Telehandlers are used to lift, carry, and place materials around job sites, but the operator must ensure that the material is within the rated capability of the machine for safe operation.
There is no substitute for knowing the weight and center of gravity, but an operator aid from JLG helps the operator stay within the telehandler's longitudinal or forward load capability.
This article was supplied by JLG. Brian Barkley is a senior chief engineer.
Load Stability Indication (LSI) has four primary components. The first is a sensor attached to the rear axle that is able to measure the weight applied to the rear axle of the telehandler. Although the sensor is robust and securely bolted to the rear axle structure, this area must be protected from damage and abuse that might impact or otherwise damage it or its connection to the axle.
The sensor on the rear axle provides the rear axle load measurement to the telehandler control system; the second part of the LSI system. The vehicle control system is the brain of the vehicle, collecting and transmitting data and commands to many parts of the telehandler.
The vehicle control system sends data to the LSI display in the cabin, which is the third part of the LSI system. It is the LSI display that provides the operator a visual indication of the forward stability status of the vehicle.
There are 6 levels of indication in the display, progressing from green (load within capability) to orange (load capability nearing limit) to red (load capability at the limit). If the forward load capability of the telehandler is reached, a red lamp is illuminated on the display. When this happens, an audible alarm is activated, and the vehicle control system will stop and prevent further activation of many of the hydraulic implement functions. This is done to aid in preventing a further decrease in stability of the telehandler. The only implement functions available to the operator to correct the stability of the telehander are retract boom (in) and lift boom (up). When stability has been improved, the audible alarm will turn off and the display will return to orange.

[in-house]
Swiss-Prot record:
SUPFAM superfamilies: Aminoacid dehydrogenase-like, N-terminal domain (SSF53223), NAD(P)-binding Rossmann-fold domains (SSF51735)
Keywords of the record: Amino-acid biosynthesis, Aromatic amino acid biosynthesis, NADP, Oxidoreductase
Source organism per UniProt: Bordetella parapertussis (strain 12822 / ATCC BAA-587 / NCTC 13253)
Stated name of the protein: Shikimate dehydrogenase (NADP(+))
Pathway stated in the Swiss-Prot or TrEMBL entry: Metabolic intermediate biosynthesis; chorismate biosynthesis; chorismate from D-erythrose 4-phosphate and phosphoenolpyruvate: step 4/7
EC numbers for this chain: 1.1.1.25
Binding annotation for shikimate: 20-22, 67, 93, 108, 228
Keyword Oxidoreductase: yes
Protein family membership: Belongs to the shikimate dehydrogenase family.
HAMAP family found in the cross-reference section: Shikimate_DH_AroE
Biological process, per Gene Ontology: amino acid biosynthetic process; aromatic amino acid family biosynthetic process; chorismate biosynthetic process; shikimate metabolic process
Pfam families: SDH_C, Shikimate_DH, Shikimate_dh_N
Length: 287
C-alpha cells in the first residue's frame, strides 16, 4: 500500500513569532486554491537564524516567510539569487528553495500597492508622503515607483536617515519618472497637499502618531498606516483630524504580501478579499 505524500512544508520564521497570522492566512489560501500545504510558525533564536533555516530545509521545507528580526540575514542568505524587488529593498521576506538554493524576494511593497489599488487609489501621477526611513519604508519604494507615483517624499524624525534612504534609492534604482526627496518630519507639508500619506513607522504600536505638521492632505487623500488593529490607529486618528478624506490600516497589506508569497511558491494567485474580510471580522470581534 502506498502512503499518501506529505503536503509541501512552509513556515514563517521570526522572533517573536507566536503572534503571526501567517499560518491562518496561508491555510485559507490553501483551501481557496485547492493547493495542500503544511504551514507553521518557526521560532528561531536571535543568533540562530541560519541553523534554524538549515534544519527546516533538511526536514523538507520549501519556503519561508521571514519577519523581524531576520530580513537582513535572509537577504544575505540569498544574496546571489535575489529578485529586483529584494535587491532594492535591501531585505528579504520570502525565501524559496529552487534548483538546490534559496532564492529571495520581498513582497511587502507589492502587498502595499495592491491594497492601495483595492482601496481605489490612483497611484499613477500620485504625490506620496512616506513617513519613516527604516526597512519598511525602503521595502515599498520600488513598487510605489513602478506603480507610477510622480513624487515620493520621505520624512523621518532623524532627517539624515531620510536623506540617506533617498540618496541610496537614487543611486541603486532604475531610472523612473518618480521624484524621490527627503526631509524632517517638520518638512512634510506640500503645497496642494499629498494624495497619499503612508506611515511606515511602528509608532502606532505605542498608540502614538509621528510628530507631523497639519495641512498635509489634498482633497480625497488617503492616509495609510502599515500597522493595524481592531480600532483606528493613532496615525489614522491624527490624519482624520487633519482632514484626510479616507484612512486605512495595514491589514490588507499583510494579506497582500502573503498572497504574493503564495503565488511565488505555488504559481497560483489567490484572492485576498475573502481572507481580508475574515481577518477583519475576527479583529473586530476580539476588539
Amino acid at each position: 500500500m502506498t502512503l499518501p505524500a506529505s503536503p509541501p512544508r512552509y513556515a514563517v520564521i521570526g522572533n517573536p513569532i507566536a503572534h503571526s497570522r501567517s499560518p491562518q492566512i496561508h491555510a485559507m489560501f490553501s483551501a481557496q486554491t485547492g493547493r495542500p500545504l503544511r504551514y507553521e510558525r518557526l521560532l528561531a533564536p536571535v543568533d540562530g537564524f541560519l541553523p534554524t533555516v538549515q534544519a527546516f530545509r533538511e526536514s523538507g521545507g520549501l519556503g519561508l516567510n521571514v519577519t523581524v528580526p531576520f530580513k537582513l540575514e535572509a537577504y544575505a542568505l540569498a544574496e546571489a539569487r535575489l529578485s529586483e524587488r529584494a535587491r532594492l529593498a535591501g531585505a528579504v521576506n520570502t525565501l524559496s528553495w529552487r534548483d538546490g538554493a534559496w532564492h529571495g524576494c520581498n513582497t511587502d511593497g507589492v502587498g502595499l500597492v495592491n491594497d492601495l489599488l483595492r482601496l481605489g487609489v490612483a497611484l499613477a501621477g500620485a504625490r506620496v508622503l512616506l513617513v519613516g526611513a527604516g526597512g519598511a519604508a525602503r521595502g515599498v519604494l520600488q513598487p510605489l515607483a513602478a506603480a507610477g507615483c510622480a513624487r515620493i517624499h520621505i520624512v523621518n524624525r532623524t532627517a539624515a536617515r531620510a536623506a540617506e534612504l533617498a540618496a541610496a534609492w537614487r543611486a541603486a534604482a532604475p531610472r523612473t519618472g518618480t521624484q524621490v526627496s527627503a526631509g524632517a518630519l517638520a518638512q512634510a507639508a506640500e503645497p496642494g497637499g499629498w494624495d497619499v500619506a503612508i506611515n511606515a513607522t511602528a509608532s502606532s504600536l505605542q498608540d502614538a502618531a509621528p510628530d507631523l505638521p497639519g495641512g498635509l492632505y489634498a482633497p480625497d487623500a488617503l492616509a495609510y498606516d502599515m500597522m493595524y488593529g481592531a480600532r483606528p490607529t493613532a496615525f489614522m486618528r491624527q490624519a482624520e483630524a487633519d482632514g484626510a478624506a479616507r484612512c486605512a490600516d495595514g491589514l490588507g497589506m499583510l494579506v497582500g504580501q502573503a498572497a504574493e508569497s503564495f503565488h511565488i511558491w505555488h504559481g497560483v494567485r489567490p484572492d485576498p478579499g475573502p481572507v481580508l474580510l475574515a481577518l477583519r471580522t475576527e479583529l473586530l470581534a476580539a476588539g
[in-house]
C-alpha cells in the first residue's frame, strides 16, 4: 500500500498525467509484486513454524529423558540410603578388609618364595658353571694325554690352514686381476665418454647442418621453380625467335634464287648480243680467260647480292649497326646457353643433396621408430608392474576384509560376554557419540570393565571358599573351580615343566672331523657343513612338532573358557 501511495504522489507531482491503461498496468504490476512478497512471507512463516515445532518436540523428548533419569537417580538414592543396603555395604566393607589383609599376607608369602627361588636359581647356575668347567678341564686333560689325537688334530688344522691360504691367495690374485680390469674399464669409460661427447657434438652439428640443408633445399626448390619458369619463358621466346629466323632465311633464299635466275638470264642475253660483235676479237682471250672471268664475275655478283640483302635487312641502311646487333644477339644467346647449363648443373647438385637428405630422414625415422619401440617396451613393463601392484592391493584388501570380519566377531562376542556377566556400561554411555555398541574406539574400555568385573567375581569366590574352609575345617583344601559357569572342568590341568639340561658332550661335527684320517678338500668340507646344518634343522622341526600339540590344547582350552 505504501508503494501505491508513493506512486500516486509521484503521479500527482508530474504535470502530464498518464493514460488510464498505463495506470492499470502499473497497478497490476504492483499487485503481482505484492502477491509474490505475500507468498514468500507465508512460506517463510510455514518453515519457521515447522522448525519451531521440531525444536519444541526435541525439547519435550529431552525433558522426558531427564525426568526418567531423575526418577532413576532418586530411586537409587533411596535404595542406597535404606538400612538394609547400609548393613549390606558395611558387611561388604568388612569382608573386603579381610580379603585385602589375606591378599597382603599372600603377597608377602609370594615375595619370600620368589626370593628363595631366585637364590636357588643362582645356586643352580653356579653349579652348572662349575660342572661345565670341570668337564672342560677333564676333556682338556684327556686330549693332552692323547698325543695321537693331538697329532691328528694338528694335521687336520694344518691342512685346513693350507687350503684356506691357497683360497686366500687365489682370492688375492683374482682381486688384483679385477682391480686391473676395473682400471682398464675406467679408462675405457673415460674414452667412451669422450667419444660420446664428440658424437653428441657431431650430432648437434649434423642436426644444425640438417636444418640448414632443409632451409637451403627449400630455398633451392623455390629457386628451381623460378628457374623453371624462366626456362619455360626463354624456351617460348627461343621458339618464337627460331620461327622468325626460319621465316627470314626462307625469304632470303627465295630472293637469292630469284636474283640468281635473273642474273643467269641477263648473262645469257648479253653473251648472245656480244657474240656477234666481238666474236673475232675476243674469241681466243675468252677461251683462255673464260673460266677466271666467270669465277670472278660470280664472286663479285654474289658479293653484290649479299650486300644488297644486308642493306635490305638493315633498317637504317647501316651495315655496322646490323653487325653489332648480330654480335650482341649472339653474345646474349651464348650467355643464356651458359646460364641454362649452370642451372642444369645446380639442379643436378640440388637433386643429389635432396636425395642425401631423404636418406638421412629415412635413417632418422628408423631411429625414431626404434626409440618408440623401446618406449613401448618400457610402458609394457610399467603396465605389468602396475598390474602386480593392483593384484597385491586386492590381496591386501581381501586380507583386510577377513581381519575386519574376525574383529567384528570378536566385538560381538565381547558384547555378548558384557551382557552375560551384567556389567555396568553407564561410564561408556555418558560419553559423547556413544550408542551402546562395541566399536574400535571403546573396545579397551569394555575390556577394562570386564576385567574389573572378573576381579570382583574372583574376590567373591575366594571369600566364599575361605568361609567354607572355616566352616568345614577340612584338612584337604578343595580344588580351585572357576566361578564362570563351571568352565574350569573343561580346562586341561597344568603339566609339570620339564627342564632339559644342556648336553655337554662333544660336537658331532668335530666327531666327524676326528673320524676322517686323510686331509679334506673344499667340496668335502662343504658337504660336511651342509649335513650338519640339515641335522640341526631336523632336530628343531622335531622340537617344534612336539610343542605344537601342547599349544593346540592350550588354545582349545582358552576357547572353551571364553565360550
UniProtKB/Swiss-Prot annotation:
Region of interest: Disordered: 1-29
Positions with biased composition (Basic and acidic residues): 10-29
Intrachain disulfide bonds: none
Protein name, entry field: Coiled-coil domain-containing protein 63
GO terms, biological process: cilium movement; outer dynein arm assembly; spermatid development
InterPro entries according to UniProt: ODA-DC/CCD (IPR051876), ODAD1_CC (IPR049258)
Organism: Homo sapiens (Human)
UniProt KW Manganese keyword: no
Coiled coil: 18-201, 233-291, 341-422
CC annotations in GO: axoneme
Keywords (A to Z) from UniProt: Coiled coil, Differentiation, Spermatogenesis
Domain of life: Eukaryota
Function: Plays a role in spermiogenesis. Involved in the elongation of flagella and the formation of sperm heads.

There is the potential for factors or situations in which an operator may choose to continue operating the vehicle with the red lamp illuminated and hydraulic implement functions inhibited. This is possible if the operator depresses the LSI Override Switch; the fourth and final part of the LSI system. This will not deactivate the red lamp or audible alarm, but it will allow prevented hydraulic implement functions to be activated again for up to 30 seconds, or until stability of the vehicle has been improved.
The LSI system must be calibrated and verified periodically. Recalibration of a healthy system is generally only required after service of the system or components related to the system, if the periodic verification check fails, or if the unladen weight distribution of the vehicle has changed since the last calibration.
Differing attachments on the vehicle do not affect the calibration, but things such as wheels and tires with significantly different weights, such as different fill media, may affect the calibration.
The LSI system is always active, not just when the telehanlder is stationary and placing loads. When driving while simultaneously operating the hydraulic implement functions in applications such as aggressive re-handling of material or truck loading, the LSI system may in rare cases momentarily indicate the telehandler is at the stability limit and prevent functions as explained above. The LSI system will allow the telehandler to be operated with the boom retracted without the function cutout or audible alarm activating when the red (LSI) lamp illuminates. This passive LSI mode is indicated by a yellow lamp in the cab.
Lowering the boom from a high angle is a function that may quickly affect forward stability. The LSI system considers multiple factors for each boom lower request from the operator and determines how best to react to the request. Depending on stability level, boom extension, boom angle, and level of activation requested, the telehandler control system determines the appropriate acceleration and speed at which to execute the boom lower request. The operator still has full control to stop the action at any moment, but the control system will determine the appropriate deceleration to terminate the boom lower request.
Even with these controls in place, there may be some situations where the boom is being lowered and the stability limit is quickly reached. The red LSI lamp, audible alarm, and boom lower function cutout may activate momentarily and then deactivate. This is due to vehicle dynamics and the boom lower function can simply be returned to neutral, then carefully reengaged to continue the lower boom function.